When I realized that I wanted to teach yoga, it was partly because I needed a complete lifestyle change. I always loved the way I would feel after practicing, and I had some experience guiding friends and teens through informal yoga classes, done for fun. Yet I never felt that I could be a teacher, for I always revered the instructors of every class I took, and didn’t feel I could ever match their presence, awareness, intellect, and postural understanding. I remember sitting at my desk at the office, looking at the clock every day, hoping I could get through enough work to make time for a yoga class in the evening. More often than not, I couldn’t. I think that this is part of what propelled me to become a teacher, because I always felt myself wanting more yoga in my life.
I recall practicing asana before the training, almost religiously. I was so nervous to be around others who were going for their certification, I felt like I had to be in prime shape and be able to hold a headstand for twenty minutes. I envisioned arriving and everyone stretched out on their mats, contorting into twisted inversions and intricate arm balances. It was a great motivation, because it helped me bring my practice to a central part of my day and my life. But when I got to the training, I came across six other individuals who were at the same level as me, everyone completely free from judgment and eager to learn from one another. I still use some of the cues from the people I went through training with.
Over the course of the training, I could feel my body responding to the immense amount of asana practice we had been doing. Learning how to cue the postures helped me to more fully understand them. There were a lot of “A ha!” moments in realizing the relationship between my body and the postures. When I would go to a yoga class prior to the training, I didn’t have as much awareness of physical alignment and the flow of energy. I think part of it, too, is the first few months (or even years) that you are doing yoga, you are just trying to get your body into these positions that feel somewhat unnatural. Once your practice reaches a level where you have postural understanding, the asanas change completely. There is more opportunity to grow in asana practice by steadying the gaze, breathing deeper, and feeling the parts of your body that are getting stretched and strengthened. Small details like spreading my toes and pressing down with the lower half of my body helped me feel more grounded in my asana practice. The notion of trying to keep a sense of lifting in the upper half of my body encouraged me to bring awareness to my spine and core muscles, as well as open through my chest and shoulders. Learning about anatomy and seeing how my own body was affected by the postures, I began noticing where I would feel more open or sore after practice. I also began to understand why I didn’t like certain postures. Usually, it was because I needed to strengthen my core, admittedly. But, practice makes practice!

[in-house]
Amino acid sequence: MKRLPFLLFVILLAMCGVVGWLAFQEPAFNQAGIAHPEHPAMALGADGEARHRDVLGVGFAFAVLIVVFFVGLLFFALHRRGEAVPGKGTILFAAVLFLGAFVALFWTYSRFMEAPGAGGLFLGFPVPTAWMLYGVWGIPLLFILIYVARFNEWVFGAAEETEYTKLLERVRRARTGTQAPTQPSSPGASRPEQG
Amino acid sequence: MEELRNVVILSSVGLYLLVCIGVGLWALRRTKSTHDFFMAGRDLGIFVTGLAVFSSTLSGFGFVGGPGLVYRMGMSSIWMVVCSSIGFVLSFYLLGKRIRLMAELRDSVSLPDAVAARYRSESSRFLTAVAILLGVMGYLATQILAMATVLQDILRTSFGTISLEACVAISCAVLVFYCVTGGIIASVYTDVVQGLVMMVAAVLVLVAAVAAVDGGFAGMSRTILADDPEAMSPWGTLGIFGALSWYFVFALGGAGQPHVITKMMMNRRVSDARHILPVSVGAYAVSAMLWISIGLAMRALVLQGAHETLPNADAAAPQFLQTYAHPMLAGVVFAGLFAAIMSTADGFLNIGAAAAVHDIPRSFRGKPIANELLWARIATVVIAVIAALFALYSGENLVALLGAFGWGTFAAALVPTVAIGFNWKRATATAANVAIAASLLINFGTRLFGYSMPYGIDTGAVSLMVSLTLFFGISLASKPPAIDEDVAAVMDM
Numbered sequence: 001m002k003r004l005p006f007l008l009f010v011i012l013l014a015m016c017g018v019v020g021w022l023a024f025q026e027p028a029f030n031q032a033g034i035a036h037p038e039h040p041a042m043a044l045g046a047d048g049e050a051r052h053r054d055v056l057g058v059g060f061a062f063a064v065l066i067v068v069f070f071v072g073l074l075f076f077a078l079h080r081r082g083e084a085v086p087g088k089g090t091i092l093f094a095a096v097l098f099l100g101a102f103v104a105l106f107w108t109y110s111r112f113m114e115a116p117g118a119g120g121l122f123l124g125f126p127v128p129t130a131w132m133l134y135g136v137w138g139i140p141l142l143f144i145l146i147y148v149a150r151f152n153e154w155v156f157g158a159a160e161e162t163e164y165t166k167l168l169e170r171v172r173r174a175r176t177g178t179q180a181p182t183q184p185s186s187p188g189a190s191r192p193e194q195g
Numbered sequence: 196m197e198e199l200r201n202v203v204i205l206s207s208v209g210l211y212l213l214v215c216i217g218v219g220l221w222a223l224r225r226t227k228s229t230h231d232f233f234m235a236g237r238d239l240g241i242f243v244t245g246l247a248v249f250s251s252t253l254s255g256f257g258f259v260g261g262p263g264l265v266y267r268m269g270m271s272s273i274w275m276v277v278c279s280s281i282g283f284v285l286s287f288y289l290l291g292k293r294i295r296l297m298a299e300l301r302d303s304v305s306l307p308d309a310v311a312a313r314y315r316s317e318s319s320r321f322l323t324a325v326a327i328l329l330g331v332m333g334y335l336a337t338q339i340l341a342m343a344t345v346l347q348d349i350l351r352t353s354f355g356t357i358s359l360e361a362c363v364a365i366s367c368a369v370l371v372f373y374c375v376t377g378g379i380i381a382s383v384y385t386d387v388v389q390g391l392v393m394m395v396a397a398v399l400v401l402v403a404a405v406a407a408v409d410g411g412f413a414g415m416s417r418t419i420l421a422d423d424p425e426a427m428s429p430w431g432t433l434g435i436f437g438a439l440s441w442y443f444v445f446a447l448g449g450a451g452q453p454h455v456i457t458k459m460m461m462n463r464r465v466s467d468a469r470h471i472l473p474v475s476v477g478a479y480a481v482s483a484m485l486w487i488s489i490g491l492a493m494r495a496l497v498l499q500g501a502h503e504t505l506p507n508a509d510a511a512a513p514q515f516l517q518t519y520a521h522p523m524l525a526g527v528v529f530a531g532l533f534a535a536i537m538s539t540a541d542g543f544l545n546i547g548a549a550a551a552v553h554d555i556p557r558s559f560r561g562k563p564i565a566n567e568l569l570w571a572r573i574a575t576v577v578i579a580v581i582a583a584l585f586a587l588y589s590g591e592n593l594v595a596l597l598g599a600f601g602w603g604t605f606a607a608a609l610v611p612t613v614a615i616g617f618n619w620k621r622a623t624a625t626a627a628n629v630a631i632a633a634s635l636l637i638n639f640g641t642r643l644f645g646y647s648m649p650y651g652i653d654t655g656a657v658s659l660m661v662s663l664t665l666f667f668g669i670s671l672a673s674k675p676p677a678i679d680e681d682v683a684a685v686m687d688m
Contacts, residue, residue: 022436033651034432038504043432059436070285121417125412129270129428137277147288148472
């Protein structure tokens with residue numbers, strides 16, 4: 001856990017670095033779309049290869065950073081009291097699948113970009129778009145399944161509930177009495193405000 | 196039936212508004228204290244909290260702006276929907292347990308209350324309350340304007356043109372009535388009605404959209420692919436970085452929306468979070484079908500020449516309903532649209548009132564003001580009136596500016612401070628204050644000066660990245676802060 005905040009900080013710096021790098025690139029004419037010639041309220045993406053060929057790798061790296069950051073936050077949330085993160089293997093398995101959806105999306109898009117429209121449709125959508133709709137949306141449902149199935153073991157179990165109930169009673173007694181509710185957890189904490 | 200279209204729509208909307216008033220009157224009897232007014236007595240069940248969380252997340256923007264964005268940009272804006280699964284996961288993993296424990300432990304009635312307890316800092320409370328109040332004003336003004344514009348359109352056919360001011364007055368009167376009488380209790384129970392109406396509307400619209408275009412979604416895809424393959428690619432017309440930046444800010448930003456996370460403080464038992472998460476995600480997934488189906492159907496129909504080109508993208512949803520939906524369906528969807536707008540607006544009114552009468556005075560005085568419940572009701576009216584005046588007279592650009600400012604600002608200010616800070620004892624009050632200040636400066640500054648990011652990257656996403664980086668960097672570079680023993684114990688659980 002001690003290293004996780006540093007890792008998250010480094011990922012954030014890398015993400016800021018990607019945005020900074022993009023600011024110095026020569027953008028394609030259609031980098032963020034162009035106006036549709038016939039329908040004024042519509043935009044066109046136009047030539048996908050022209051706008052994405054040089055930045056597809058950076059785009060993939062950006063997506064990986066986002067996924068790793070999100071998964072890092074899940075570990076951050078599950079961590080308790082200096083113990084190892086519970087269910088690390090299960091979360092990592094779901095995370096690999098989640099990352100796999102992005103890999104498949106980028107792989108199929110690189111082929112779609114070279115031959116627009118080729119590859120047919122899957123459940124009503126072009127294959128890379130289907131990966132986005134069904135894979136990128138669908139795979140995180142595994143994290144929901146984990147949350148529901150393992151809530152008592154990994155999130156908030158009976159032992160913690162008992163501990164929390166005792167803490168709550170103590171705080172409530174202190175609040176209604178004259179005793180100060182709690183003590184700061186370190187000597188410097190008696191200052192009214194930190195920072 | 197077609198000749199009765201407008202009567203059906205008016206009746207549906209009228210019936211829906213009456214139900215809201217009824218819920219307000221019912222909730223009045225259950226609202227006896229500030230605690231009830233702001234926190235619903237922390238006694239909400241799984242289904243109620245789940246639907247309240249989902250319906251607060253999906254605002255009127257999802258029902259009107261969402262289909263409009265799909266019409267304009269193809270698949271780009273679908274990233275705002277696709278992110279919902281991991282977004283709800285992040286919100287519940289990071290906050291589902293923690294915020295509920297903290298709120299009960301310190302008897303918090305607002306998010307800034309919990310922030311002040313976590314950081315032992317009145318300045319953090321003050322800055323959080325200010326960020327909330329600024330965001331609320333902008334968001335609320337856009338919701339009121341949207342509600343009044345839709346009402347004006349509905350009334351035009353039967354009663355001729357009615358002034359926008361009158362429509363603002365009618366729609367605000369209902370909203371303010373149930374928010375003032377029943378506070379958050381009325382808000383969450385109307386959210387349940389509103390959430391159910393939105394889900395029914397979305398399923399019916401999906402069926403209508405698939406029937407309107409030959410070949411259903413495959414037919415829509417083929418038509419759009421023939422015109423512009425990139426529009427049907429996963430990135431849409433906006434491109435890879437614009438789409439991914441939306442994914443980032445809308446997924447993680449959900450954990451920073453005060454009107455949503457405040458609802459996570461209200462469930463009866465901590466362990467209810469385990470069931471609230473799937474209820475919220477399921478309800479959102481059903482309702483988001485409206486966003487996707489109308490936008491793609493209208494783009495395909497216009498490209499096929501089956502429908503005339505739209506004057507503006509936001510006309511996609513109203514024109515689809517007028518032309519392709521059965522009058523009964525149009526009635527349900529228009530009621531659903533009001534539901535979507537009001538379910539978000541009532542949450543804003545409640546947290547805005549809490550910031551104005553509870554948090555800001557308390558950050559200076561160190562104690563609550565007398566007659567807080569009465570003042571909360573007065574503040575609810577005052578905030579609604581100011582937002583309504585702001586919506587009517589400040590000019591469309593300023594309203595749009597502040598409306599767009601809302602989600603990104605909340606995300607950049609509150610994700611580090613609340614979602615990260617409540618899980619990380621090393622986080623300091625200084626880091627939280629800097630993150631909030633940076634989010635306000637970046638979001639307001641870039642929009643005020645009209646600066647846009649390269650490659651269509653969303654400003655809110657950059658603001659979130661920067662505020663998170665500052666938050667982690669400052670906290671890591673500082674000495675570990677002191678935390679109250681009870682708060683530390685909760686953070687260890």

I started to become familiar with the balance of flexibility, strength, and patterns of holding. Something that became central to my asana practice, and eventually my teaching style, is the notion of always stretching in at least two directions. I began to understand things like oppositional force (pressing down through the base to lift up) and static contraction (holding difficult postures while focusing on breath flow). I strive to get my students to match their strength with flexibility, and vice versa. Many people can bend into a pretzel, but if they don’t have strength to back it up the risk of injury, like pulling a hamstring or a ligament, is far more likely. Likewise, those people who have strength from cardio or weight training exercises require stretch and flexibility to prevent their muscles from over-contracting and to prevent their joints from becoming tight to the point of inhibition.
Once I became a certified instructor, I again felt my practice change. I had a lot more confidence in my abilities and felt eager to take the challenges that a lot of teachers offered in the classes I would take. I also found myself being a bit more critical of instructors. This is not necessarily judgmental or unkind, just contemplative. I still peak out of the corner of my eye as they adjust students and modify physical or breathing cues that don’t feel right for my body. Sometimes I think to myself, “Shouldn’t we be inhaling here?” But these are all examples of how we can learn to let go, which is another central aim of taking a yoga class. In essence, it is important to shed all thoughts and preconceived notions, and to strive to remain present no matter what the teacher is doing, what the students around you are doing, or what the brain inside of you is doing. It is in this state that one can not only attain more benefits from the class, but also give the self an opportunity to learn in a way that is not anticipated or expected.